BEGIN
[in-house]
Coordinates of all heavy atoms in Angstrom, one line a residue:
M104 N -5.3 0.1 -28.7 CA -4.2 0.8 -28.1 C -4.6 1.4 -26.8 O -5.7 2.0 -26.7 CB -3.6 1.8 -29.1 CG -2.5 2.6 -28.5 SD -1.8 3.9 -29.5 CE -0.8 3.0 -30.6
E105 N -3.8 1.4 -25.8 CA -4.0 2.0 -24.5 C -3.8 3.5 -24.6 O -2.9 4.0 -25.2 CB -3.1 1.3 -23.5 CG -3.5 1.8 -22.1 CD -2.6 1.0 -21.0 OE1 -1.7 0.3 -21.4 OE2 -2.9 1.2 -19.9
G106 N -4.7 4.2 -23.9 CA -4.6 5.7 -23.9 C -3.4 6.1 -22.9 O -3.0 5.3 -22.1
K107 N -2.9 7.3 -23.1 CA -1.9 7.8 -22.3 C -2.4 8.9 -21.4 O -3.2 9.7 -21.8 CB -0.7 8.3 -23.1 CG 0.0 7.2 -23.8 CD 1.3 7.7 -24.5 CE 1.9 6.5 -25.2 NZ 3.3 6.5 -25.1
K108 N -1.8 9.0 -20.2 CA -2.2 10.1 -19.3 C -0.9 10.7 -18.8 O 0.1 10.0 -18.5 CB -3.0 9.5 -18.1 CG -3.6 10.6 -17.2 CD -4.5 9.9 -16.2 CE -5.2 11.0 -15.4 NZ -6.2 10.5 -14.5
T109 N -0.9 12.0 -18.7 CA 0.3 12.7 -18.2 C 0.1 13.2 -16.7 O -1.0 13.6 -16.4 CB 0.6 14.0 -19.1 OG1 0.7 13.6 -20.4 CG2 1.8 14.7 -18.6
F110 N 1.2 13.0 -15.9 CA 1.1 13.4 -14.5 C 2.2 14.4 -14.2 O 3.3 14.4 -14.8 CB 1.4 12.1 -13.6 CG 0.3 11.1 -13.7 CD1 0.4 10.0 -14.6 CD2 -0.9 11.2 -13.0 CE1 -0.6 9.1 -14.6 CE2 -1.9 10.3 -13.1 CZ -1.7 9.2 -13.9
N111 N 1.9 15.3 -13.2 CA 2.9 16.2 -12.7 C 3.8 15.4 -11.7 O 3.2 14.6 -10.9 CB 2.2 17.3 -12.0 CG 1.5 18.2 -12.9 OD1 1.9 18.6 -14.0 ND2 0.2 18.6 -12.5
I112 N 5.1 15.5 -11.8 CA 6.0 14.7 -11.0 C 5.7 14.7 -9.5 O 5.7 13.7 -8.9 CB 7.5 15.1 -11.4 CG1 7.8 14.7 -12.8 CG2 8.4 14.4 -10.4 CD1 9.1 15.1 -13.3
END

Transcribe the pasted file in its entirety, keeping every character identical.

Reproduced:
[in-house]
Coordinates of all heavy atoms in Angstrom, one line a residue:
M104 N -5.3 0.1 -28.7 CA -4.2 0.8 -28.1 C -4.6 1.4 -26.8 O -5.7 2.0 -26.7 CB -3.6 1.8 -29.1 CG -2.5 2.6 -28.5 SD -1.8 3.9 -29.5 CE -0.8 3.0 -30.6
E105 N -3.8 1.4 -25.8 CA -4.0 2.0 -24.5 C -3.8 3.5 -24.6 O -2.9 4.0 -25.2 CB -3.1 1.3 -23.5 CG -3.5 1.8 -22.1 CD -2.6 1.0 -21.0 OE1 -1.7 0.3 -21.4 OE2 -2.9 1.2 -19.9
G106 N -4.7 4.2 -23.9 CA -4.6 5.7 -23.9 C -3.4 6.1 -22.9 O -3.0 5.3 -22.1
K107 N -2.9 7.3 -23.1 CA -1.9 7.8 -22.3 C -2.4 8.9 -21.4 O -3.2 9.7 -21.8 CB -0.7 8.3 -23.1 CG 0.0 7.2 -23.8 CD 1.3 7.7 -24.5 CE 1.9 6.5 -25.2 NZ 3.3 6.5 -25.1
K108 N -1.8 9.0 -20.2 CA -2.2 10.1 -19.3 C -0.9 10.7 -18.8 O 0.1 10.0 -18.5 CB -3.0 9.5 -18.1 CG -3.6 10.6 -17.2 CD -4.5 9.9 -16.2 CE -5.2 11.0 -15.4 NZ -6.2 10.5 -14.5
T109 N -0.9 12.0 -18.7 CA 0.3 12.7 -18.2 C 0.1 13.2 -16.7 O -1.0 13.6 -16.4 CB 0.6 14.0 -19.1 OG1 0.7 13.6 -20.4 CG2 1.8 14.7 -18.6
F110 N 1.2 13.0 -15.9 CA 1.1 13.4 -14.5 C 2.2 14.4 -14.2 O 3.3 14.4 -14.8 CB 1.4 12.1 -13.6 CG 0.3 11.1 -13.7 CD1 0.4 10.0 -14.6 CD2 -0.9 11.2 -13.0 CE1 -0.6 9.1 -14.6 CE2 -1.9 10.3 -13.1 CZ -1.7 9.2 -13.9
N111 N 1.9 15.3 -13.2 CA 2.9 16.2 -12.7 C 3.8 15.4 -11.7 O 3.2 14.6 -10.9 CB 2.2 17.3 -12.0 CG 1.5 18.2 -12.9 OD1 1.9 18.6 -14.0 ND2 0.2 18.6 -12.5
I112 N 5.1 15.5 -11.8 CA 6.0 14.7 -11.0 C 5.7 14.7 -9.5 O 5.7 13.7 -8.9 CB 7.5 15.1 -11.4 CG1 7.8 14.7 -12.8 CG2 8.4 14.4 -10.4 CD1 9.1 15.1 -13.3